More specifically, while AI can analyze data and identify patterns with impressive speed and accuracy, it cannot generate new questions or ideas on its own. This is where liberal arts graduates have the potential to truly excel. With their broad knowledge base and finely-developed skills, they can ask the right questions and pose thoughtful generative statements that can help organizations move forward in new and innovative ways alongside AI.

Another area where liberal arts graduates can excel alongside AI is by being able to question the validity of outputs and identify errors inherent in contemporary AI. Despite its incredible potential, current AI technologies are still plagued by errors and limitations. These errors can arise from a variety of factors, including biased data sets, flawed algorithms, and imperfect machine-learning models. As AI continues to evolve and become more sophisticated, it will be essential to address these limitations so that the technology is being used in a responsible and ethical manner, and I believe the liberal arts graduate is best positioned to do so.

While the benefits of a liberal arts education are undeniable as it concerns the most ethical and effective uses of AI, it is incumbent upon higher education institutions to be explicit with their students about the skills and competencies they are gleaning from their education. Many students are still under the misconception that liberal arts degrees are less practical than their STEM counterparts, and may not fully appreciate the value of the skills they are developing. As such, it is crucial for institutions to emphasize the transferable nature of the skills inherent in a liberal arts education and to ensure that students understand the full value of their education in a rapidly changing world of work.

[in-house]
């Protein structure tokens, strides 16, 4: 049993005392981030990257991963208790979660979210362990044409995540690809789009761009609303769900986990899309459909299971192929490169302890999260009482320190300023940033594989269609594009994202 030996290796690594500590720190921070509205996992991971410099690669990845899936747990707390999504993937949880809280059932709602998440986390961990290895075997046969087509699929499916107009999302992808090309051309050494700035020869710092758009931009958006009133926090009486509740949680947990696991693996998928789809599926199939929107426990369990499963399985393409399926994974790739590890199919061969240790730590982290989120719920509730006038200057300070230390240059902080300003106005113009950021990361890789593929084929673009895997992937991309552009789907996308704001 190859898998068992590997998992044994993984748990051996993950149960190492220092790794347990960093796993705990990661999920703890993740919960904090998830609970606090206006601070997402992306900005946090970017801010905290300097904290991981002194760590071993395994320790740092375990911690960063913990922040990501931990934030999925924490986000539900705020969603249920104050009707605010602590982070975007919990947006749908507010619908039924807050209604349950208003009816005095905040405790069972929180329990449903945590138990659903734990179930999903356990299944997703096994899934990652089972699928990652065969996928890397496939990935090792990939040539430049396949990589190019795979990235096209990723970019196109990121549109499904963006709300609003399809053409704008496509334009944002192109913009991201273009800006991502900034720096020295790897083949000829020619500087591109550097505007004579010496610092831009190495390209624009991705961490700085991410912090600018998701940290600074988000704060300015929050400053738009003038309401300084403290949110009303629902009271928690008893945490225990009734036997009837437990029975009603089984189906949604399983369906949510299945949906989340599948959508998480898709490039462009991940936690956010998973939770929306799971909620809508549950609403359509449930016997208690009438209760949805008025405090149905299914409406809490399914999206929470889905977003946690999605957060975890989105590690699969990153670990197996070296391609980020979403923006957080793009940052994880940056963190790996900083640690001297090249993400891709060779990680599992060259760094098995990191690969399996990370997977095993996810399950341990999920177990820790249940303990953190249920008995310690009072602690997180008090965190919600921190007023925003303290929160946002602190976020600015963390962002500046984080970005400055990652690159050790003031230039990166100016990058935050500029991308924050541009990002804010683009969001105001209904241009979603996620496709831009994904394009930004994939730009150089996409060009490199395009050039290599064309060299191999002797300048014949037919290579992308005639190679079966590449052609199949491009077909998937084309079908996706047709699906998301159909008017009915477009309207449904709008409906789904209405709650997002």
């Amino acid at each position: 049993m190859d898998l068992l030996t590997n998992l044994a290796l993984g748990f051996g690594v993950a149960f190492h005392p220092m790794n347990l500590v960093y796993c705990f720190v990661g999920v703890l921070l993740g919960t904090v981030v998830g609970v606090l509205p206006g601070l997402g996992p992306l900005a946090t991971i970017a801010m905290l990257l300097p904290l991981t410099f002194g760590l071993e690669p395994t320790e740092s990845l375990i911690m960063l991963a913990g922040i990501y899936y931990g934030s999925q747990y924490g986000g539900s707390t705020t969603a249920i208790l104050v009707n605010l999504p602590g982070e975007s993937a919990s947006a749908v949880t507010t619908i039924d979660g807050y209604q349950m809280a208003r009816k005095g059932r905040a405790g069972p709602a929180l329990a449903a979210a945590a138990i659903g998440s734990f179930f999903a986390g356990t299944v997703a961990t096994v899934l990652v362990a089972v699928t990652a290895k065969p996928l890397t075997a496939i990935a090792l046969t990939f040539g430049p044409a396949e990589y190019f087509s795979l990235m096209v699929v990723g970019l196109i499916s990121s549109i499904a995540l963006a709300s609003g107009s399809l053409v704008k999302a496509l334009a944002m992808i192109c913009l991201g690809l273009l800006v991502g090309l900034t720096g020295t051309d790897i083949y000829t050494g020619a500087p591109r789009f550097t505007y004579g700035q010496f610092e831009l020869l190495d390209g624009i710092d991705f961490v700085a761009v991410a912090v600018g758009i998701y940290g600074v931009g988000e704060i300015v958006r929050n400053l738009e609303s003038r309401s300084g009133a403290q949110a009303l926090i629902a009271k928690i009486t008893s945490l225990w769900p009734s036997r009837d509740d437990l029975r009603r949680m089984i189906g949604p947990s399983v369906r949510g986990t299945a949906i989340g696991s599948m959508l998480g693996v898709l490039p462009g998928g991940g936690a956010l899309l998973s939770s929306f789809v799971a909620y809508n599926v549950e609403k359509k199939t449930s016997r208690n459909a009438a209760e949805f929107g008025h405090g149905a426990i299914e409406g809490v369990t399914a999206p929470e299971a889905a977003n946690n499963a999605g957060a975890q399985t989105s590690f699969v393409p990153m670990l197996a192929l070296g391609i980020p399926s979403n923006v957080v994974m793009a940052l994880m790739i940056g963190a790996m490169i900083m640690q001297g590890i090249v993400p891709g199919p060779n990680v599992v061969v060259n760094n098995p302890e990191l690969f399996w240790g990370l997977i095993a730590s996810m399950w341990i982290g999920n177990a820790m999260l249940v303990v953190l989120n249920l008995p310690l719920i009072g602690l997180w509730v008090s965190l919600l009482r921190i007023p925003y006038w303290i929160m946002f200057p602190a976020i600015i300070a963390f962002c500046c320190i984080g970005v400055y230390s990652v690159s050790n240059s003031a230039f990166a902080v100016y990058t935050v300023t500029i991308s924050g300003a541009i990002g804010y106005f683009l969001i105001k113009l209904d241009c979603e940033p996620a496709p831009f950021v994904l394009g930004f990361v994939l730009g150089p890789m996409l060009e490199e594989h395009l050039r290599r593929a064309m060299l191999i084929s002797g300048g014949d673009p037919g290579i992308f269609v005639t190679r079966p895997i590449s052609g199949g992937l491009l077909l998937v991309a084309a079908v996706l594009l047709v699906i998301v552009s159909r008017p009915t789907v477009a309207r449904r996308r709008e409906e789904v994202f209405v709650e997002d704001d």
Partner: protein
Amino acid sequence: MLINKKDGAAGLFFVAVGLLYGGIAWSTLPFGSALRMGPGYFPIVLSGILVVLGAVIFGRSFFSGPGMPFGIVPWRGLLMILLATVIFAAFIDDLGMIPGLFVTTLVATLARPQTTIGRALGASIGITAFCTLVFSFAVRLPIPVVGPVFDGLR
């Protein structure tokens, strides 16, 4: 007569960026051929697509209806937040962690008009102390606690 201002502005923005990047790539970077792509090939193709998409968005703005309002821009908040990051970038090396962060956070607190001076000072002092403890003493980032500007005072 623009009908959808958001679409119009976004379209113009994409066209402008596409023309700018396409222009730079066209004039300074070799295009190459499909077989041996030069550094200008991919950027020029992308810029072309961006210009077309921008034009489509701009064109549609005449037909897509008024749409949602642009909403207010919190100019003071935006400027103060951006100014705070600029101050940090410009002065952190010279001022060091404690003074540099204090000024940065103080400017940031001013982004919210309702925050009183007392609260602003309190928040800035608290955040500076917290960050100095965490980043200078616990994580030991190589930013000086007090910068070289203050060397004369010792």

Institutions must make it clear to students that they are developing crucial skills such as critical thinking, communication, and problem-solving through their coursework. Rather than simply offering a broad array of courses, institutions should design their curricula in a way that ensures students develop these competencies throughout their education with an eye toward how humans and machines will work together in a new economy. This means explicitly incorporating activities and assignments that promote critical thinking, reasoning, cause and effect identification, communication, and collaboration, and providing students with ample opportunities to practice and develop these skills. More specifically, it means embracing AI in the classroom.

While AI has the potential to revolutionize many sectors of the economy, it is not a panacea. As machines become more intelligent and capable, there will be an increasing need for individuals who can ask the right questions, think creatively, and approach problems from multiple perspectives. They just so happen to be poets, historians, artists, and philosophers. By cultivating the skills and competencies inherent in such disciplines, liberal arts graduates will be well-positioned to navigate the challenges and opportunities presented by AI and thrive in an ever-changing labor market rapidly disrupted by technology. As such, our nation and its people should continue to invest in the liberal arts. By doing so, we can help to ensure that the next generation of graduates is prepared for the challenges and opportunities of the AI age.


Cremer, D.D. & Kasparov, G. (2021) AI Should Augment Intelligence, Not Replace It.